Peter really wanted to bash his head against a wall. It was unfair, he thought. The universe had really left it to the shittier twin to be the one that lived and have to explain to their all-powerful, mentally-unstable father why his equally all-powerful, mentally-unstable daughter was no longer with them.
More rapid curse words shot through his mind. It was no wonder that Charles appeared at his door with a serious expression after half an hour or so of Peter wallowing in his room, music blaring as if it’d block out his own thoughts.
“I’m surprised you’re not out running,” the Professor observed, half out-loud and half in Peter’s head to be heard over the noise. Peter scoffed and turned down the music a bit without looking like he’d even moved.
“Yeah, me too,” he said. “Whaddya need, prof? Grocery run? Could of packages dropped off?”
He didn’t need to look at Charles to know that he was frowning. “I wanted to see how you are,” he said, his chair whirring as he scooted further into Peter’s mess of a room. “There were some…interesting sentiments in the common room earlier. I’d like to help, if I can. I can feel you're struggling with something,”
Course you can. Peter grimaced at the ceiling, his hands folded behind his head in a pretence of relaxation.
It took him a second to really think about what Charles had just said and come to a pretty annoying confusion.
“Fuckin’ Raven,” he grumbled, though he knew the fault fell directly on him. He’d told Raven that Erik was his father; Raven told Ororo; Ororo didn’t have any natural buffers between her mind and their resident telepaths, like Peter. Of-fuckin'-course Charles would find out sooner or later, and Jean wouldn't be far behind.
“Hm,” Charles said neutrally. “Raven and Hank have had a few curious passing thoughts that were already making me suspect. It wasn’t entirely Ororo,”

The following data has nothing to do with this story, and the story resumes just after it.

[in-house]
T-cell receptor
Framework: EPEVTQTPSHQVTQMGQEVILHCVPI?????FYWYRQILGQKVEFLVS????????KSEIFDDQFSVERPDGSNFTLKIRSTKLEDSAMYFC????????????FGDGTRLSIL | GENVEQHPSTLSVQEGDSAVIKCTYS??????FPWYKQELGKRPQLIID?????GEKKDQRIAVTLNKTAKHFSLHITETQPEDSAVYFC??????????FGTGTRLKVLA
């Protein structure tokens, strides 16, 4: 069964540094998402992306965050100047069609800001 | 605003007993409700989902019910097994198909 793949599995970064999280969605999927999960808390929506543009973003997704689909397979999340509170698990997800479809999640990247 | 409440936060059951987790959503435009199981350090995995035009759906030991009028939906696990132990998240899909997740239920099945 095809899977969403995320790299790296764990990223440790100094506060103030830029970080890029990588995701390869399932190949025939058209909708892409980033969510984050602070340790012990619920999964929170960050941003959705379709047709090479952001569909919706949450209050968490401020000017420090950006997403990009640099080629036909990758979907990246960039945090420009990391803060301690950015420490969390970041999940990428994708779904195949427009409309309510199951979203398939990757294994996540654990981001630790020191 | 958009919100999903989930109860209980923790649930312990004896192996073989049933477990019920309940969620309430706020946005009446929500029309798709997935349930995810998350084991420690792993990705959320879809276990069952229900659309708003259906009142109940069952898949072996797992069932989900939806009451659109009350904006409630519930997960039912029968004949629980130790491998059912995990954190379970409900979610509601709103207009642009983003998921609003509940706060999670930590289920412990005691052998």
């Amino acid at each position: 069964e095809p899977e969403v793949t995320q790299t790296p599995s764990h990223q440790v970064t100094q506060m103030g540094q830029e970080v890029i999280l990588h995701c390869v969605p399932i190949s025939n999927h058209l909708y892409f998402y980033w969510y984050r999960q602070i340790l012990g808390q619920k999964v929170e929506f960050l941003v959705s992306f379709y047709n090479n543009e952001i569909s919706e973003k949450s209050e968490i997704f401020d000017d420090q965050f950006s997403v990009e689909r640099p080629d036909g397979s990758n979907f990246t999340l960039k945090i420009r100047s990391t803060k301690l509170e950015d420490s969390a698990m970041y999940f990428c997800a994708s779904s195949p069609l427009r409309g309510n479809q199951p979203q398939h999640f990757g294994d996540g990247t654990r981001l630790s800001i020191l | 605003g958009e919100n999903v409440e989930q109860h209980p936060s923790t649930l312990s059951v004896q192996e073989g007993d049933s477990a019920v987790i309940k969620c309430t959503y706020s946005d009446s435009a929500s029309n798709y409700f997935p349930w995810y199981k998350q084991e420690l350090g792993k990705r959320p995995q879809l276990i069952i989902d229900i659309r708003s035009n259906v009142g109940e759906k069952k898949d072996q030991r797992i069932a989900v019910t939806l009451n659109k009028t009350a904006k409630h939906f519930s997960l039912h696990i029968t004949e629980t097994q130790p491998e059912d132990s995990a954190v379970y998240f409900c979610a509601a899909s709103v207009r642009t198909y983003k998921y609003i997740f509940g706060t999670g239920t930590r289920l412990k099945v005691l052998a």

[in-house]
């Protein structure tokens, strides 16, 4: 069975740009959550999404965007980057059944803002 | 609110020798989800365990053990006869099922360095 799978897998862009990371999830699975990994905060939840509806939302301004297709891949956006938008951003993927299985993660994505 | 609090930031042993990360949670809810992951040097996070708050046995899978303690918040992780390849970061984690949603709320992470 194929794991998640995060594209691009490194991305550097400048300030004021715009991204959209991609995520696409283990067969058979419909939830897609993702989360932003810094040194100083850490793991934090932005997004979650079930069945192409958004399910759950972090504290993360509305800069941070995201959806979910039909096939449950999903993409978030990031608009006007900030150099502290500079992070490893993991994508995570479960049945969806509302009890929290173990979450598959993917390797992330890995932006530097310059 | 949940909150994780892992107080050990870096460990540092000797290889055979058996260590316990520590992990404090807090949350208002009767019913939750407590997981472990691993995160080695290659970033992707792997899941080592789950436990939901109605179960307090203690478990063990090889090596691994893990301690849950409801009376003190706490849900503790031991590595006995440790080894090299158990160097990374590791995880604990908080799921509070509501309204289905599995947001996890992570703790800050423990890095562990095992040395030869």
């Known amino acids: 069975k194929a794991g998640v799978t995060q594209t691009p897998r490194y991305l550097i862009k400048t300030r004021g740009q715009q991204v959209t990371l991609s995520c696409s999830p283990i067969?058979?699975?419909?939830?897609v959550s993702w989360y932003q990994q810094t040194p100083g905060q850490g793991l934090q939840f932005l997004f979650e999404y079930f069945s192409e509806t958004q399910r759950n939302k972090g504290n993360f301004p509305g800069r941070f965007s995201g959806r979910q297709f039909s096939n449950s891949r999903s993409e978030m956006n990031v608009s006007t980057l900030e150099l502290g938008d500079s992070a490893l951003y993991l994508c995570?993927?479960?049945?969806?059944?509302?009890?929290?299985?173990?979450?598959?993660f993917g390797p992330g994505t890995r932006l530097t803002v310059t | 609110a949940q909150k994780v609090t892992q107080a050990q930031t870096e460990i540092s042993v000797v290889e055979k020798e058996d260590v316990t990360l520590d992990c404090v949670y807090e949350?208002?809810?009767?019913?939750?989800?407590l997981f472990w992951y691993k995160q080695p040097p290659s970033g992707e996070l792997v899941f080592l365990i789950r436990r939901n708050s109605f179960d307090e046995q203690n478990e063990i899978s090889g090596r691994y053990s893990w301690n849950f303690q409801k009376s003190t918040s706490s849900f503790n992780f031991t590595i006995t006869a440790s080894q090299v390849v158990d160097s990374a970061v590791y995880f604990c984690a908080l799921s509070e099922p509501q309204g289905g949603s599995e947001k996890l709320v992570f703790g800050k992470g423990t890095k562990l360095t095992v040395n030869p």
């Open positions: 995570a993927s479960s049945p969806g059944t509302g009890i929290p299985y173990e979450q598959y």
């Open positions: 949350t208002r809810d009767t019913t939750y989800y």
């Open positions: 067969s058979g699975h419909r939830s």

Peter closed his eyes and sat upright, turning to pin the professor with as menacing a look as he could summon. Though internally he knew that he probably just looked like an angry puppy, especially in contrast to his father and sister. Now, the two of them were (had been) experts in powerful glares.
“You can’t tell him,” he said.
“I know,” nodded Charles. “It isn’t my secret to tell, Peter. All I’m curious about is why you won’t tell him yourself,”
None of your business, thought Peter, not quite loud or clear enough for Charles to make out in the mess that was his brain (messier than his room, and that was fuckin’ saying something).
It would have been like his father to snap at Charles to leave him and his thoughts alone. It would have been like Wanda to say something smart and biting that’d leave even the famous Professor X reeling. Peter spent about a moment trying to summon the energy and presence to be like either of them and drill it into the professor’s bald head that he didn’t wanna talk about this, preferably ever. If he couldn’t outrun it, he could at least avoid it. He was good at that, too.